admitted the moving party's facts under that
district's analog to S.D. Fla. Local Rule 56.1(b) where
the pro se nonmoving party's response failed to
comply with that district's analog to S.D. Fla. Local
Rule 56.1(a)). Because Picardat “has failed to comply
with Local Rule 56.1-the only permissible way for him to
establish a genuine issue of material fact at [this]
stage-the [C]ourt has before it the functional analog of an
unopposed motion for summary judgment.” Mann,
588 F.3d at 1303; see also B&A Diagnostic, 145
F.Supp.3d at 1158 (“Although a failure to comply with
the local rules can often result in harsh, if not fatal,
outcomes for a party, such results are ‘not by
calculated choice of t[he] Court.'” (quoting
Gossard v. JP Morgan Chase & Co., 612 F.Supp.2d
1242, 1246 (S.D. Fla. 2009))).
said, the Court “cannot base the entry of summary
judgment on the mere fact that the motion was unopposed,
” United States v. 5800 S.W. 74th Ave., 363
F.3d 1099, 1101 (11th Cir. 2004), because “[e]ven in an
unopposed motion [for summary judgment], . . . ‘the
movant is not absolve[d] . . . of the burden of showing that
it is entitled to a judgment as a matter of law, '”
and the Court “must still review the movant's
citations to the record to determine if there is, indeed, no
genuine issue of material fact, ” Mann, 588
F.3d at 1303 (quoting Reese v. Herbert, 527 F.3d
1253, 1268 (11th Cir. 2008)). To that end, the Court must
“consider the merits of the motion” and
“review all of the evidentiary materials submitted in
support of the motion, ” 5800 S.W. 74th Ave.,
363 F.3d at 1101-02, in order to “satisfy itself that
the [movant's] burden has been satisfactorily discharged,
” Reese, 527 F.3d at 1268.
the above discussion in mind, the following facts are
undisputed and supported by the record before this Court.
October 27, 2013, at approximately 1:00 a.m., Officer Tashara
Alleyne was traveling westbound on N.W. 40th Street within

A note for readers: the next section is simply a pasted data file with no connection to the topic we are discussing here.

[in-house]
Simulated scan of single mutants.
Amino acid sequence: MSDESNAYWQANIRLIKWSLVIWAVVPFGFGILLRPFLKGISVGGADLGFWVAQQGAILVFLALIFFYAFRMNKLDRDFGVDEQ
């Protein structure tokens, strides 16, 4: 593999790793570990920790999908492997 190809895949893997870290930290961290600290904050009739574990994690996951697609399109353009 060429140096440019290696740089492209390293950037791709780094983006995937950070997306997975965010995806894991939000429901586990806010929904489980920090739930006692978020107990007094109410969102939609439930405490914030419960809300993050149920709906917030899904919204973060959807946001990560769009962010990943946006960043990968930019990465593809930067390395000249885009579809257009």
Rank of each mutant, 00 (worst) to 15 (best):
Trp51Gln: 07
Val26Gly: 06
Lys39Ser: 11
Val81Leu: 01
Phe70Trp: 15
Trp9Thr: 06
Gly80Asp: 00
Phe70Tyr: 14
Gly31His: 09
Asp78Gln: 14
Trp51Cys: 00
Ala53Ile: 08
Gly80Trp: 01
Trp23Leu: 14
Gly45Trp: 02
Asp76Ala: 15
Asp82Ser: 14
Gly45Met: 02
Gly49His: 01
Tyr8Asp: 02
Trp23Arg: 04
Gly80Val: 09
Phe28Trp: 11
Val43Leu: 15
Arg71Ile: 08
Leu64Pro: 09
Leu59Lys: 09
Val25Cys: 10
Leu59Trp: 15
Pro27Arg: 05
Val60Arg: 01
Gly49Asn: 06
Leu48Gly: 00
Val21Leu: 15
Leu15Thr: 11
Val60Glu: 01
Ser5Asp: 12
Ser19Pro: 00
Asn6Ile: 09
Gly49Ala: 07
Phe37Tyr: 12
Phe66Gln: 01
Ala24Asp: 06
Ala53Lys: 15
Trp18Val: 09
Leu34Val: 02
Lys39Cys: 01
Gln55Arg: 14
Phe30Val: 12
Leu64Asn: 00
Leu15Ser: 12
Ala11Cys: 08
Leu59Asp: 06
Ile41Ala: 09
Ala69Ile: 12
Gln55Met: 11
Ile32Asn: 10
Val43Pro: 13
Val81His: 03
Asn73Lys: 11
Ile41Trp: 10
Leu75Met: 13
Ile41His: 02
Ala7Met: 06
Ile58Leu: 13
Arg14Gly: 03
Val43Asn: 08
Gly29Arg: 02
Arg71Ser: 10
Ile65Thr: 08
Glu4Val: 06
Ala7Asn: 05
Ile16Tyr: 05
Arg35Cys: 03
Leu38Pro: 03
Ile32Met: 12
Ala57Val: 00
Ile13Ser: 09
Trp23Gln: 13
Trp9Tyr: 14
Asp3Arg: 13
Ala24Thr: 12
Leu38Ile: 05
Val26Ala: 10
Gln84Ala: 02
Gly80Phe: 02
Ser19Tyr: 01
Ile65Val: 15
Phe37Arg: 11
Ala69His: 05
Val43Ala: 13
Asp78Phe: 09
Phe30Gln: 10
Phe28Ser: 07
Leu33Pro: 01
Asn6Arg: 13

the City of Miami in Miami-Dade County, Florida. Defs.'
Statement ¶ 1. Officer Alleyne was in her full police
uniform with a badge and service weapon and drove a fully
marked City of Miami police car. Id. ¶ 2. The
officer observed a vehicle stopped on N.W. 6th Avenue facing
eastbound with its lights off. Id. ¶ 3. As she
got closer to the vehicle, she noticed the
driver-Picardat-wearing a large pair of black headphones.
Id. ¶ 4. The officer made a U-turn and began
traveling eastbound behind Picardat on N.W. 40th Street.
Id. ¶ 5. Picardat made a left turn on N.W. 5th
Avenue and began traveling north towards N.W. 41st Street.
Id. Officer Alleyne conducted a traffic stop by
activating her overhead police lights, and Picardat pulled
his vehicle over to the right side of the roadway on N.W.
43rd Street and N.W. 5th Avenue. Id. ¶ 6.
Picardat was driving a 2000 blue four-door Mercury Grand
Marquis bearing Michigan license plate number BNX7876.
Id. ¶ 7.
advising of the traffic stop over the police radio, Officer
Alleyne ordered Picardat, over her vehicle's public
address system, to step out of his vehicle with his
driver's license and vehicle registration in hand.
Id. ¶ 8. Picardat did not comply with the
officer's request and began moving excessively inside his
vehicle. Id. ¶ 9. Officer Alleyne then
requested a back-up officer to respond to the scene.
Id. Officer Alleyne repeated her request for
Picardat to step out of his vehicle over her vehicle's